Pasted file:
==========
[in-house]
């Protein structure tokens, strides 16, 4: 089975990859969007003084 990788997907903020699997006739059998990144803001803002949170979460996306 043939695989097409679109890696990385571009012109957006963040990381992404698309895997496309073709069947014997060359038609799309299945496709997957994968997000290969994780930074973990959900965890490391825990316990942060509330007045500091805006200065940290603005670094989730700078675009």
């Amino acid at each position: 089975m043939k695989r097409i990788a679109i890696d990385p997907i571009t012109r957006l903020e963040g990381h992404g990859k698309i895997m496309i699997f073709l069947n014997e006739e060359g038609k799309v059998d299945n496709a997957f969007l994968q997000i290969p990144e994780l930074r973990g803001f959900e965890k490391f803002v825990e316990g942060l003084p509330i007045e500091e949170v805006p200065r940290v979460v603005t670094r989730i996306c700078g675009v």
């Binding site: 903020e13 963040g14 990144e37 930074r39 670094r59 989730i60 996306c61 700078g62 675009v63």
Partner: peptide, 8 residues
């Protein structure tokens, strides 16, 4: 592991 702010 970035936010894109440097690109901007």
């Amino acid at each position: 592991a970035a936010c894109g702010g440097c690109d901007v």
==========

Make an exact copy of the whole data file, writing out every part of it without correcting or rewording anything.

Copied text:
[in-house]
């Protein structure tokens, strides 16, 4: 089975990859969007003084 990788997907903020699997006739059998990144803001803002949170979460996306 043939695989097409679109890696990385571009012109957006963040990381992404698309895997496309073709069947014997060359038609799309299945496709997957994968997000290969994780930074973990959900965890490391825990316990942060509330007045500091805006200065940290603005670094989730700078675009």
């Amino acid at each position: 089975m043939k695989r097409i990788a679109i890696d990385p997907i571009t012109r957006l903020e963040g990381h992404g990859k698309i895997m496309i699997f073709l069947n014997e006739e060359g038609k799309v059998d299945n496709a997957f969007l994968q997000i290969p990144e994780l930074r973990g803001f959900e965890k490391f803002v825990e316990g942060l003084p509330i007045e500091e949170v805006p200065r940290v979460v603005t670094r989730i996306c700078g675009v």
């Binding site: 903020e13 963040g14 990144e37 930074r39 670094r59 989730i60 996306c61 700078g62 675009v63």
Partner: peptide, 8 residues
């Protein structure tokens, strides 16, 4: 592991 702010 970035936010894109440097690109901007």
């Amino acid at each position: 592991a970035a936010c894109g702010g440097c690109d901007v």